The ongoing joint U.S.-Iranian nuclear negotiations in Vienna may finally conclude on Monday, as the European Union is set to circulate the final draft document to participants. Indirect talks to revive the 2015 Joint Comprehensive Plan of Action (JCPOA) have been ongoing for nearly sixteen months. After a recent lull in progress, the prospects for a renewed nuclear agreement between the U.S. and Iran seemed unlikely. Since Tehran has refused to work directly with their American counterparts to formalize an agreement, EU diplomats have served as mediators. While some officials close to the talks have relayed hope a deal can be made, Iran’s recent demands would be challenging to meet.
EU foreign policy chief Josep Borell tweeted that, “What can be negotiated has been negotiated, and it’s now in a final text. However, behind every technical issue and every paragraph lies a political decision that needs to be taken in the capitals,” adding that “If these answers are positive, then we can sign this deal.” According to Politico, a senior EU official said that the bloc’s finalized draft introduces solutions to the four remaining technical questions that remain. Under the Obama-era 2015 JCPOA guidelines, Iran was granted sanctions relief in exchange for specific curtailments to its nuclear program. The Trump administration unilaterally withdrew the U.S. from the agreement in 2015, citing the Iranian regime’s noncompliance.
As a presidential candidate, Joe Biden campaigned on the promise that his administration would revive the nuclear agreement with Iran. The White House has maintained that position despite a litany of fallbacks and escalatory events with Tehran since the onset of Biden’s presidency. Since the Vienna talks commenced over a year and a half ago, Iran has ramped up its uranium enrichment and fissile materials acquisitions – key components in a nuclear program. As noted in an earlier piece published by 19FortyFive, Tehran has also increased its deployment of more powerful centrifuge models, increasing the concentration of raw materials needed to produce a weapon.
A major sticking point preventing Iran from signing a revived nuclear agreement today is a safeguards probe issued by the International Atomic Energy Agency (IAEA). The global watchdog group censured Iran in June for failing to answer questions about uranium traces found at three undisclosed sites. In response to this request, Tehran announced it would be removing 27 surveillance cameras from its nuclear facilities, which was obviously a huge concern for the IAEA. The regime has asserted that in order for a nuclear agreement to be revived, the IAEA probe must be closed. The U.S. and other Western officials claim the probe issue is independent from the nuclear deal, however, Tehran does not seem to want to budge on this issue.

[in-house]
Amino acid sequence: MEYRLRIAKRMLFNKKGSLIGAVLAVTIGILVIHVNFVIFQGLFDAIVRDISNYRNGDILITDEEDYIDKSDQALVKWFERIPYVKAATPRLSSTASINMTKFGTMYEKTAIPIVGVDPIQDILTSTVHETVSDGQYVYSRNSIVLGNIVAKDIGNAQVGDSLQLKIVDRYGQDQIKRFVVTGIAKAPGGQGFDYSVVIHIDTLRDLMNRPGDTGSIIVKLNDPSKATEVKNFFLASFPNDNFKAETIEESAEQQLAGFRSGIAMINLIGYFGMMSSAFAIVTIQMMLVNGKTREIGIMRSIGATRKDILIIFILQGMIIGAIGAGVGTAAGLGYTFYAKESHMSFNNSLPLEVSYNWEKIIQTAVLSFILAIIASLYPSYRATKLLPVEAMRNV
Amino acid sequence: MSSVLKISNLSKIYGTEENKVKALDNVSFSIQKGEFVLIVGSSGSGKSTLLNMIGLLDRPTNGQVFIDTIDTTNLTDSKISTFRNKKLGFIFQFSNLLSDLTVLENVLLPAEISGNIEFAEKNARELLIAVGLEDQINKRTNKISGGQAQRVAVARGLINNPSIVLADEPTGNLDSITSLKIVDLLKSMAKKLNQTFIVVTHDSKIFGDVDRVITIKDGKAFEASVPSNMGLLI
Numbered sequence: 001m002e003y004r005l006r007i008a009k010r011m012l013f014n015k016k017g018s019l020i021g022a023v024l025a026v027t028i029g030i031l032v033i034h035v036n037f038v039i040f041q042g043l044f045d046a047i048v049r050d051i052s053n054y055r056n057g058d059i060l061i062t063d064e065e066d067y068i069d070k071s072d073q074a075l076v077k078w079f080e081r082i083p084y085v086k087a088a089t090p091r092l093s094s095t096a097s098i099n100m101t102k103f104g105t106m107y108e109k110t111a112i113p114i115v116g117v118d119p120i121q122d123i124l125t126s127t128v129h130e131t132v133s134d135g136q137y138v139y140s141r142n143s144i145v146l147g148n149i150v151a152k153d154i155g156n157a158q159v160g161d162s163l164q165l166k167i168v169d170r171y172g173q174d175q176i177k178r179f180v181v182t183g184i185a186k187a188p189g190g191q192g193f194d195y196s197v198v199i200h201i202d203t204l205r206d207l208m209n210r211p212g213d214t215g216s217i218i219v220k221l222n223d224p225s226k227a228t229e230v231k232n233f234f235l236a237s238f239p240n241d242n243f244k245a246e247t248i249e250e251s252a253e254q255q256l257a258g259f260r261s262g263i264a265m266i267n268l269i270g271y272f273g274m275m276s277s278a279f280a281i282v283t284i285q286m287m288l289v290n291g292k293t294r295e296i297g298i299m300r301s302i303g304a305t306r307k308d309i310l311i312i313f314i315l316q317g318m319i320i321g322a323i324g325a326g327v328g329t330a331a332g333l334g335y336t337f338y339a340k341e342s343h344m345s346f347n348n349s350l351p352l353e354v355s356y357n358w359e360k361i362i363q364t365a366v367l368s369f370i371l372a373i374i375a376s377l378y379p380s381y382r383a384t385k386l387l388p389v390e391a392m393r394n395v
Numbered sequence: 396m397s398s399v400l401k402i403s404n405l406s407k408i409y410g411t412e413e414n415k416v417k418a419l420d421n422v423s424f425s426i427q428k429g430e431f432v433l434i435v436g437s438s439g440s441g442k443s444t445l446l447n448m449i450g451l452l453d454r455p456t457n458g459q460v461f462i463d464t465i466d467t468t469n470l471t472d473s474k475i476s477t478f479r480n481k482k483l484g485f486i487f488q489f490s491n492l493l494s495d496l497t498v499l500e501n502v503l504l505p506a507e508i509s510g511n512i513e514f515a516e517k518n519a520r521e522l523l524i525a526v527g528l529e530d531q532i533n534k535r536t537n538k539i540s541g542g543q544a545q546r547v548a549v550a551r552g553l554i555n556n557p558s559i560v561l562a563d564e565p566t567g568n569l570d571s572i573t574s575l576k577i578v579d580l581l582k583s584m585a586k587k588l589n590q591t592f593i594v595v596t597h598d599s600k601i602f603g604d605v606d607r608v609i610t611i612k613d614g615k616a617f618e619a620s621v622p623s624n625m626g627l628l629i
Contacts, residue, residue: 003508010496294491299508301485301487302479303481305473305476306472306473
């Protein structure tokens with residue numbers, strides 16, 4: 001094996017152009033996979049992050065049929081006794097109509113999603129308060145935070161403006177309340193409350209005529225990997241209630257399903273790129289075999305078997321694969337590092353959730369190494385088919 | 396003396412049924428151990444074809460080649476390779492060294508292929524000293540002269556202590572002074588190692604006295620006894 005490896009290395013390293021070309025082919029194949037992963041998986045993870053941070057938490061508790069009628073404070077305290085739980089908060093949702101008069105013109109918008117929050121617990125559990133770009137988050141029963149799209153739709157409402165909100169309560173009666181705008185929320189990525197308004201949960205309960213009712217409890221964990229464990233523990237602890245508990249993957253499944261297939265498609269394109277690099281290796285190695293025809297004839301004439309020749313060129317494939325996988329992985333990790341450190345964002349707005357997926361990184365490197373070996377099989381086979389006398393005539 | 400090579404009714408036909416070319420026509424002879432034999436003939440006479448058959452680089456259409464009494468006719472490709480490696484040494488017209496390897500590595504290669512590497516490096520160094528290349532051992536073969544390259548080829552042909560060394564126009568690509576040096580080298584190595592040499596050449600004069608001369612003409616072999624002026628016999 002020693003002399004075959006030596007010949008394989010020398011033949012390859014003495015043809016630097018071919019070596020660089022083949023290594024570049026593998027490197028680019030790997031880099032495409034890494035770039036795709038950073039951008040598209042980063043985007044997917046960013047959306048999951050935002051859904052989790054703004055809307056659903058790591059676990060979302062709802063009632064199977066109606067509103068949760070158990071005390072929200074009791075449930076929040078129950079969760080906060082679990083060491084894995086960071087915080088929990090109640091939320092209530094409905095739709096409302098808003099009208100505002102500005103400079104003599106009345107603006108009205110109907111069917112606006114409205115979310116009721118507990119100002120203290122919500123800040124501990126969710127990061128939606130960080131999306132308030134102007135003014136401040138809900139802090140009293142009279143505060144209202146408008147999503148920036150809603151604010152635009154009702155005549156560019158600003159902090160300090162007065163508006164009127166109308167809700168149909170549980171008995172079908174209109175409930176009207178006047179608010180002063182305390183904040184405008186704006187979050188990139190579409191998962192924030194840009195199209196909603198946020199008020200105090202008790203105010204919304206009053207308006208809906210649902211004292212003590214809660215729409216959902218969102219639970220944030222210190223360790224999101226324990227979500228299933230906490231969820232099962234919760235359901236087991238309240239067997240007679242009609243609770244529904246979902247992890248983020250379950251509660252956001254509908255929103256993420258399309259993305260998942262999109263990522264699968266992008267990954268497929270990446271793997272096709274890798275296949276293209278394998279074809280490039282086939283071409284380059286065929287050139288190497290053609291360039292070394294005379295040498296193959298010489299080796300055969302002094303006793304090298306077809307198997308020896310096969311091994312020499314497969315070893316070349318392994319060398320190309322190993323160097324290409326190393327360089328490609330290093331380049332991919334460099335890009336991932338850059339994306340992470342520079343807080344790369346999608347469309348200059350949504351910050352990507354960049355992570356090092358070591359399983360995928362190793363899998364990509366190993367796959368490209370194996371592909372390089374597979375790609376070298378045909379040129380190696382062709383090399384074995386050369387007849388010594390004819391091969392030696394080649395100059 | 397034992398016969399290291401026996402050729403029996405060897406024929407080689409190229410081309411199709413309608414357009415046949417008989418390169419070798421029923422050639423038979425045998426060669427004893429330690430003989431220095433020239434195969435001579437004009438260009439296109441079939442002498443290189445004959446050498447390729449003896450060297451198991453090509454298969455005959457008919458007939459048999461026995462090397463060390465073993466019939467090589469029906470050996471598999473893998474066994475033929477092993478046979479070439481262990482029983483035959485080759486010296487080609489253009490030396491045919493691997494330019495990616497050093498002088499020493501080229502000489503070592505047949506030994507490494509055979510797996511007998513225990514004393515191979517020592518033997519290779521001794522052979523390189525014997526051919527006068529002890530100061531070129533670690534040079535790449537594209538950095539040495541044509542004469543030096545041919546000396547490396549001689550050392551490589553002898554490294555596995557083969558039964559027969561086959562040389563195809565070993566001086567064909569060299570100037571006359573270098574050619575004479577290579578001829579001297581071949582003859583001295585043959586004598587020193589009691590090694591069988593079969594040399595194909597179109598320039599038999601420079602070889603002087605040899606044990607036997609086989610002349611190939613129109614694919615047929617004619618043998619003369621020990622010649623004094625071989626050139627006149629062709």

In May, Iran demanded that the U.S. delist the Islamic Revolutionary Guards Corps (IRGC) from its terror blacklist. The Biden administration ultimately denied this request, bringing the talks’ progress to a lull. While some Western media outlets have reported that the regime has “abandoned its demand” to remove its military apparatus from the Foreign Terrorist Organization (FTO) list, Iranian state-media has denied this claim. According to Al-Jazeera, Iranian media sources assert the regime has not abandoned “any of its major positions in the negotiations that initially began in April 2021.”
This week, U.S. officials accused Iran of backing a plan to assassinate former national security advisor John Bolton on American soil. It is hard to imagine that the White House would ignore Tehran’s clear attempt to carry out state-sponsored terrorism in the U.S. while the nuclear talks appear to be wrapping up. Regardless, Monday may bring long overdue closure to the prospect of a restored U.S.-Iranian nuclear deal.
Maya Carlin is a Middle East Defense Editor with 19FortyFive. She is also an analyst with the Center for Security Policy and a former Anna Sobol Levy Fellow at IDC Herzliya in Israel. She has by-lines in many publications, including The National Interest, Jerusalem Post, and Times of Israel.